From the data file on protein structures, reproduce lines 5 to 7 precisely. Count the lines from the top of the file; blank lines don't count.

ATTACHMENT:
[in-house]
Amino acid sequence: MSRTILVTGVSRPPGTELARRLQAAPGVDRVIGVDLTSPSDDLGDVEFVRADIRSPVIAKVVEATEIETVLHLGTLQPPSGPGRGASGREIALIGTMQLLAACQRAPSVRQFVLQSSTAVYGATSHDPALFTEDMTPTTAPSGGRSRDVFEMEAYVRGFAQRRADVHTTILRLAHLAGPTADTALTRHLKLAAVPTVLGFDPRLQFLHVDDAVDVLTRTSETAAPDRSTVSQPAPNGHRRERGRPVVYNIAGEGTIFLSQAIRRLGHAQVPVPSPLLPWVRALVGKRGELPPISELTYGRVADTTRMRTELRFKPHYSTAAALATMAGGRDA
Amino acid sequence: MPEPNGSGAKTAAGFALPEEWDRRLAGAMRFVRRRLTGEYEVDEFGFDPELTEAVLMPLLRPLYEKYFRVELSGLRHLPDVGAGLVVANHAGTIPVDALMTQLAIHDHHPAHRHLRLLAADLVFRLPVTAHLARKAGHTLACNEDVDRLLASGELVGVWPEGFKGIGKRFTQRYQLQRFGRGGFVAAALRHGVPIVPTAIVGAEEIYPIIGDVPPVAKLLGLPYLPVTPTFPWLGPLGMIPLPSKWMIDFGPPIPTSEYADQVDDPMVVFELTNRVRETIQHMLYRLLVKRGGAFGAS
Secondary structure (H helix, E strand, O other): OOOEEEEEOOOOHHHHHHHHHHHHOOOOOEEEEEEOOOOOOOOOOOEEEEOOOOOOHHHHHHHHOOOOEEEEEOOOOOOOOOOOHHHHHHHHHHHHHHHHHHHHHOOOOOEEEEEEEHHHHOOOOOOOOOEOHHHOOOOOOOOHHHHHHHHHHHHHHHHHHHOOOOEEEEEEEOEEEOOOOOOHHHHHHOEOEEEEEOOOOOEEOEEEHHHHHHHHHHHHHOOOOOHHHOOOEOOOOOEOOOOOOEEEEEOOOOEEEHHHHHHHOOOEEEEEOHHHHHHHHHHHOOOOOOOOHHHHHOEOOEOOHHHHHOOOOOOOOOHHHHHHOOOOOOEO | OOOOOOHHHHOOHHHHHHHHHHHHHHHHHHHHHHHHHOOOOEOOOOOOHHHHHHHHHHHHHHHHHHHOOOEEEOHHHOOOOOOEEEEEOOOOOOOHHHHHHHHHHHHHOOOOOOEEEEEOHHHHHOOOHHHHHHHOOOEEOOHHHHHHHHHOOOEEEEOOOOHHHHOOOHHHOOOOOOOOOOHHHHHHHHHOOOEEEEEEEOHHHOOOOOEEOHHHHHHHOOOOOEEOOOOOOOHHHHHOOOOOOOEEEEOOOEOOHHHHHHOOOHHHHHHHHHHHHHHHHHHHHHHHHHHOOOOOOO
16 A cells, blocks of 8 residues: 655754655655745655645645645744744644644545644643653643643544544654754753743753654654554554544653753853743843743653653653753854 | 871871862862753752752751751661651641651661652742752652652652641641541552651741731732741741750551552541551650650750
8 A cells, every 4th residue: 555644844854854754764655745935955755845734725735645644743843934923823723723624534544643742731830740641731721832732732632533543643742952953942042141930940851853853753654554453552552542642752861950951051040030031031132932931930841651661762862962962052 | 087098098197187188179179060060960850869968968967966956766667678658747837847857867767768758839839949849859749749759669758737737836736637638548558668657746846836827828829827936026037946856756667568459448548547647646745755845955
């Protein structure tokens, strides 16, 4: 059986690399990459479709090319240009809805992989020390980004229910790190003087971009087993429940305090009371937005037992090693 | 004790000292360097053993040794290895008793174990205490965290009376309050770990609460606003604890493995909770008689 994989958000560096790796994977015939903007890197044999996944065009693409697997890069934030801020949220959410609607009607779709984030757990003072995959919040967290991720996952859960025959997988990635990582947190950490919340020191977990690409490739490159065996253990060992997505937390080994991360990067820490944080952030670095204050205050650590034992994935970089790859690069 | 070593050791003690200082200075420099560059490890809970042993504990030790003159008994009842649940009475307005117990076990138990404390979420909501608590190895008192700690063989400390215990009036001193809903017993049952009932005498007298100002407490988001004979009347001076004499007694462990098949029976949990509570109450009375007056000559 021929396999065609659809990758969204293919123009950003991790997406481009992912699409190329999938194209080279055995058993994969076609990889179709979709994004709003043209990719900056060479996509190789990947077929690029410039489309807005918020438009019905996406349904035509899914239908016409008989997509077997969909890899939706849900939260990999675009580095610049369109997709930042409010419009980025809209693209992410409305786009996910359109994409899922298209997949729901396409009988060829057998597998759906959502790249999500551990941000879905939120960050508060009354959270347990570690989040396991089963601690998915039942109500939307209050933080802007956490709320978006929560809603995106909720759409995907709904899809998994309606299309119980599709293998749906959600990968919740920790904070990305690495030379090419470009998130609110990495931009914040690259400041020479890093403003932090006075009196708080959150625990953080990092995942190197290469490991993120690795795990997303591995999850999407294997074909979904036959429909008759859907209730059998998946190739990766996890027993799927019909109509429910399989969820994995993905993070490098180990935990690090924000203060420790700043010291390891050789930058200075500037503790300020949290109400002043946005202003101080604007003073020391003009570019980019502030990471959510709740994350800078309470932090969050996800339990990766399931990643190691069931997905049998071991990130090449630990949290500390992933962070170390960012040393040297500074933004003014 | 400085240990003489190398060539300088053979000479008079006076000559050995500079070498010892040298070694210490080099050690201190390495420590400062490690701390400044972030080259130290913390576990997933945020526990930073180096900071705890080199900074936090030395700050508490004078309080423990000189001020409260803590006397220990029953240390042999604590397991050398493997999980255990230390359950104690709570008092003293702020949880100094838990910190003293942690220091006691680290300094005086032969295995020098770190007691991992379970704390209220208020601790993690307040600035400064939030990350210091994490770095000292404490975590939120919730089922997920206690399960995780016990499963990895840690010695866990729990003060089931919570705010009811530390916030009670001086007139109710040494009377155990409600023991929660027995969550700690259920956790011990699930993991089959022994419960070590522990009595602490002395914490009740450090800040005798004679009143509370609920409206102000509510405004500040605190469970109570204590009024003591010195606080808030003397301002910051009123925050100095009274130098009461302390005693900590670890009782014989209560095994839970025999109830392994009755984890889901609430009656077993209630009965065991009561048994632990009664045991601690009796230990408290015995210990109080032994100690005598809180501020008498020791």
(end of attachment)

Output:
16 A cells, blocks of 8 residues: 655754655655745655645645645744744644644545644643653643643544544654754753743753654654554554544653753853743843743653653653753854 | 871871862862753752752751751661651641651661652742752652652652641641541552651741731732741741750551552541551650650750
8 A cells, every 4th residue: 555644844854854754764655745935955755845734725735645644743843934923823723723624534544643742731830740641731721832732732632533543643742952953942042141930940851853853753654554453552552542642752861950951051040030031031132932931930841651661762862962962052 | 087098098197187188179179060060960850869968968967966956766667678658747837847857867767768758839839949849859749749759669758737737836736637638548558668657746846836827828829827936026037946856756667568459448548547647646745755845955
């Protein structure tokens, strides 16, 4: 059986690399990459479709090319240009809805992989020390980004229910790190003087971009087993429940305090009371937005037992090693 | 004790000292360097053993040794290895008793174990205490965290009376309050770990609460606003604890493995909770008689 994989958000560096790796994977015939903007890197044999996944065009693409697997890069934030801020949220959410609607009607779709984030757990003072995959919040967290991720996952859960025959997988990635990582947190950490919340020191977990690409490739490159065996253990060992997505937390080994991360990067820490944080952030670095204050205050650590034992994935970089790859690069 | 070593050791003690200082200075420099560059490890809970042993504990030790003159008994009842649940009475307005117990076990138990404390979420909501608590190895008192700690063989400390215990009036001193809903017993049952009932005498007298100002407490988001004979009347001076004499007694462990098949029976949990509570109450009375007056000559 021929396999065609659809990758969204293919123009950003991790997406481009992912699409190329999938194209080279055995058993994969076609990889179709979709994004709003043209990719900056060479996509190789990947077929690029410039489309807005918020438009019905996406349904035509899914239908016409008989997509077997969909890899939706849900939260990999675009580095610049369109997709930042409010419009980025809209693209992410409305786009996910359109994409899922298209997949729901396409009988060829057998597998759906959502790249999500551990941000879905939120960050508060009354959270347990570690989040396991089963601690998915039942109500939307209050933080802007956490709320978006929560809603995106909720759409995907709904899809998994309606299309119980599709293998749906959600990968919740920790904070990305690495030379090419470009998130609110990495931009914040690259400041020479890093403003932090006075009196708080959150625990953080990092995942190197290469490991993120690795795990997303591995999850999407294997074909979904036959429909008759859907209730059998998946190739990766996890027993799927019909109509429910399989969820994995993905993070490098180990935990690090924000203060420790700043010291390891050789930058200075500037503790300020949290109400002043946005202003101080604007003073020391003009570019980019502030990471959510709740994350800078309470932090969050996800339990990766399931990643190691069931997905049998071991990130090449630990949290500390992933962070170390960012040393040297500074933004003014 | 400085240990003489190398060539300088053979000479008079006076000559050995500079070498010892040298070694210490080099050690201190390495420590400062490690701390400044972030080259130290913390576990997933945020526990930073180096900071705890080199900074936090030395700050508490004078309080423990000189001020409260803590006397220990029953240390042999604590397991050398493997999980255990230390359950104690709570008092003293702020949880100094838990910190003293942690220091006691680290300094005086032969295995020098770190007691991992379970704390209220208020601790993690307040600035400064939030990350210091994490770095000292404490975590939120919730089922997920206690399960995780016990499963990895840690010695866990729990003060089931919570705010009811530390916030009670001086007139109710040494009377155990409600023991929660027995969550700690259920956790011990699930993991089959022994419960070590522990009595602490002395914490009740450090800040005798004679009143509370609920409206102000509510405004500040605190469970109570204590009024003591010195606080808030003397301002910051009123925050100095009274130098009461302390005693900590670890009782014989209560095994839970025999109830392994009755984890889901609430009656077993209630009965065991009561048994632990009664045991601690009796230990408290015995210990109080032994100690005598809180501020008498020791």